Tag Archives: prescription drugs

Obamacare and drug prices push health spending to $3 trillion

Health spending reached $3 trillion last year, as millions of people gained insurance coverage under the Affordable Care Act and prescription drug prices rose.

After years of sluggish growth in the aftermath of the recession, annual health spending in the U.S. jumped 5.3 percent to $9,523 per person, according to an analysis by the Centers for Medicare and Medicaid Services published in the journal Health Affairs on Wednesday.

Expansion of insurance coverage was a main driver: In 2014, 2.2 million people gained private health insurance and 7.7 million joined Medicaid, most of whom were newly eligible for the coverage due to coverage expansion under health reform. Not all of these people previously lacked insurance; 8.7 million people gained insurance overall, according to the report.

Another major driver of the increases was prescription drug spending, which grew more than 12 percent to $297.7 billion — its largest annual increase in more than a decade. Anne Martin, an economist in the office of the actuary at CMS attributed the growth in part to a new generation of pricey hepatitis C drugs. Price hikes on brand name drugs also contributed, along with fewer savings on drugs whose patents expired.

To read the full story, click here.

Jeffrey R. Ungvary President

Jeffrey R. Ungvary

Health spending growth rate surges to 5.3% under ACA

The Affordable Care Act expanded health coverage to millions of Americans in 2014. Because more people had insurance to pay for healthcare services, demand and spending predictably went up more quickly.

But the important question for the future remains the same: Will healthcare be able to avoid large spending spikes and move to a more sustainable payment system?

“It’s absolutely no surprise that 2014 had a higher rate of increase because of all the additional people getting coverage,” said Paul Ginsburg, a health economist at the University of Southern California. “The purpose of covering them was allowing them to use more services.”

The 5.3% annual growth rate was the highest since before the 2008 recession. More recently, the U.S. healthcare system recorded historically low growth in expenditures. Many observers believe the recession was a primary driver because the high rates of unemployment battered demand for healthcare services.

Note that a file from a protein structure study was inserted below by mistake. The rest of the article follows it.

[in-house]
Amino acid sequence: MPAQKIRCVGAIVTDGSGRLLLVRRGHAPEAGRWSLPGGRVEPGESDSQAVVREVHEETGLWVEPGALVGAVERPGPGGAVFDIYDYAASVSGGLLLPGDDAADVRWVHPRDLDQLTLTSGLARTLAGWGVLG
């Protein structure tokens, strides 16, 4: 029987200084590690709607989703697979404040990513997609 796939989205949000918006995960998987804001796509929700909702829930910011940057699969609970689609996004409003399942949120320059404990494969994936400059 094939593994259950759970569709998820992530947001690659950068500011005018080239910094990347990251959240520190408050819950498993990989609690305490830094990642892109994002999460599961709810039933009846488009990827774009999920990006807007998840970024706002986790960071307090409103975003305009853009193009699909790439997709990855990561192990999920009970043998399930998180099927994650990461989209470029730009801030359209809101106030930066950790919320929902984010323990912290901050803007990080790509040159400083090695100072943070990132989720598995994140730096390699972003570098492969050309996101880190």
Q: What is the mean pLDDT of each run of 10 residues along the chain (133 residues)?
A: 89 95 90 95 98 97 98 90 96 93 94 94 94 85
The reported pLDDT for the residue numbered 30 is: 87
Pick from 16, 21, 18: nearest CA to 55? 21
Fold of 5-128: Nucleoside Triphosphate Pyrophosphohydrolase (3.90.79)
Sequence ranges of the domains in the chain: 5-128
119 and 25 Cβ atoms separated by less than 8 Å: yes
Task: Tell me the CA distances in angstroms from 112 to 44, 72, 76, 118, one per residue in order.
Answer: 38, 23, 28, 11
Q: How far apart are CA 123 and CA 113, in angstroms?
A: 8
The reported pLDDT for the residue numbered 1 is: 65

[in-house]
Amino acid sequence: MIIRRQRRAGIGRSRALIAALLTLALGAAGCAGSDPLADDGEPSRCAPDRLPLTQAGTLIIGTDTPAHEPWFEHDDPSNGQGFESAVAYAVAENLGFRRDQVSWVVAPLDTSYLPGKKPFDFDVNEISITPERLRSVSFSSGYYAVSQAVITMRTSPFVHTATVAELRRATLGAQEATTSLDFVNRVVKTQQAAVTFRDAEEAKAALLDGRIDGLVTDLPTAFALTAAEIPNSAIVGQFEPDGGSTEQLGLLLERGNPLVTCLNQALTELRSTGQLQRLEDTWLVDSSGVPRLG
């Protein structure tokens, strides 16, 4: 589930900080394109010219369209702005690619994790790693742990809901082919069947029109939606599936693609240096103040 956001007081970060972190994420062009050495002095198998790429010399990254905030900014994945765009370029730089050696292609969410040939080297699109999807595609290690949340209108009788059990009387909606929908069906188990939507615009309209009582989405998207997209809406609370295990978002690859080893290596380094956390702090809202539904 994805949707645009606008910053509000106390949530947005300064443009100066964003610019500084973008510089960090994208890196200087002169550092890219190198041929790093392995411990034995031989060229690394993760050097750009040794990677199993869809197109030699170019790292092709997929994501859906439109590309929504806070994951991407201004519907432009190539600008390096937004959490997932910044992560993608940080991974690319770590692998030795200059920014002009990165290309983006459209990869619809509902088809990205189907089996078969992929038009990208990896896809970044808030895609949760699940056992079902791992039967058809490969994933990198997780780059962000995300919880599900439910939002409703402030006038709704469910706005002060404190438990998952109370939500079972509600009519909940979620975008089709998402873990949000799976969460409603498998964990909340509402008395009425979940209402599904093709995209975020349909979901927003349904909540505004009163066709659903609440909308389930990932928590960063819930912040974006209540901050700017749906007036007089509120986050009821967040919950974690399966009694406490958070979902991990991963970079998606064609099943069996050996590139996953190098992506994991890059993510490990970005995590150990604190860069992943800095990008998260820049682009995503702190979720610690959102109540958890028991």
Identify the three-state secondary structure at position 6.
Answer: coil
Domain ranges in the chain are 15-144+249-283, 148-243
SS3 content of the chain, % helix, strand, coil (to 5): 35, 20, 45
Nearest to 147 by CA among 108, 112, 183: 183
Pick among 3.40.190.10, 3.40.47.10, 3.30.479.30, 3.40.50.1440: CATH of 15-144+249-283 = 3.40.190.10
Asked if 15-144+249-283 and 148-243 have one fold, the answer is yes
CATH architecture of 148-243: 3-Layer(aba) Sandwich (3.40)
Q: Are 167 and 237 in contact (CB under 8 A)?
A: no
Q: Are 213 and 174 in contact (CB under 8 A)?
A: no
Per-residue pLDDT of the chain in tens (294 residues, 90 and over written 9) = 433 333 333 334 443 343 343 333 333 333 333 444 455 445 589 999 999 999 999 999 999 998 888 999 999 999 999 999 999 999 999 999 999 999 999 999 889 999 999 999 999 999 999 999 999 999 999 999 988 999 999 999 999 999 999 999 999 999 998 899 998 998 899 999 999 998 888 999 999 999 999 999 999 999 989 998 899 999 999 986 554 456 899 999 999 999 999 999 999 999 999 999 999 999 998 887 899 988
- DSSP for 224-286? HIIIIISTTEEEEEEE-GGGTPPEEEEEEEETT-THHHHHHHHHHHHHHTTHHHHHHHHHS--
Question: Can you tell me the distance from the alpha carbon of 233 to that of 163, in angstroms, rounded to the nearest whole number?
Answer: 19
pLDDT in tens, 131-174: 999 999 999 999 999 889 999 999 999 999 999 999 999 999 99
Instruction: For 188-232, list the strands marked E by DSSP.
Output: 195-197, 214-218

Now the tide is slowly turning, although actuaries and experts don’t expect health expenditures will return to the days of double-digit yearly growth.

To read the full story, click here.

Jeffrey R. Ungvary President

Jeffrey R. Ungvary

A.D.H.D. Medicine May “Normalize” Children’s Brains

Dr. Mark Bertin is no A.D.H.D. pill-pusher.

The Pleasantville, N.Y., developmental pediatrician won’t allow drug marketers in his office, and says he doesn’t always prescribe medication for children diagnosed with attention deficit hyperactivity disorder. Yet Dr. Bertin has recently changed the way he talks about medication, offering parents a powerful argument. Recent research, he says, suggests the pills may “normalize” the child’s brain over time, rewiring neural connections so that a child would feel more focused and in control, long after the last pill was taken.

“There might be quite a profound neurological benefit,” he said in an interview.

A growing number of doctors who treat the estimated 6.4 million American children diagnosed with A.D.H.D. are hearing that stimulant medications not only help treat the disorder but may actually be good for their patients’ brains. In an interview last spring with Psych Congress Network, http://www.psychcongress.com/video/are-A.D.H.D.-medications-neurotoxic-or-neuroprotective-16223an Internet news site for mental health professionals, Dr. Timothy Wilens, chief of child and adolescent psychiatry at Massachusetts General Hospital, said “we have enough data to say they’re actually neuroprotective.” The pills, he said, help “normalize” the function and structure of brains in children with A.D.H.D., so that, “over years, they turn out to look more like non-A.D.H.D. kids.”

Medication is already by far the most common treatment for A.D.H.D., with roughly 4 million American children taking the pills — mostly stimulants, such as amphetamines and methylphenidate. Yet the decision can be anguishing for parents who worry about both short-term and long-term side effects. If the pills can truly produce long-lasting benefits, more parents might be encouraged to start their children on these medications early and continue them for longer.

To read more, click here.

Jeffrey R. Ungvary President

Jeffrey R. Ungvary

Possible Discrimination Practices Being Investigated

The New York Times   (12/23, A19, Pear, Subscription Publication) reports that the Obama Administration “said Monday that it would investigate prescription drug coverage and other benefits offered by health insurance companies to see if they discriminated against people with AIDS, mental illness, diabetes or other costly chronic conditions.” Officials said they had become aware of “discriminatory benefit designs” that discourage people from enrolling because of age or medical condition. In a letter to health insurers, “administration officials said that a health plan could be engaging in unlawful discrimination if its list of approved drugs excluded all medicines needed to treat a particular condition, or if it restricted access to such drugs by charging large co-payments or requiring prior authorization.” The Times notes the Affordable Care Act mandates that insurers accept all applicants for coverage and cannot charge higher premiums based on a person’s pre-existing conditions.

To read more, click here.

Jeffrey R. Ungvary President

Jeffrey R. Ungvary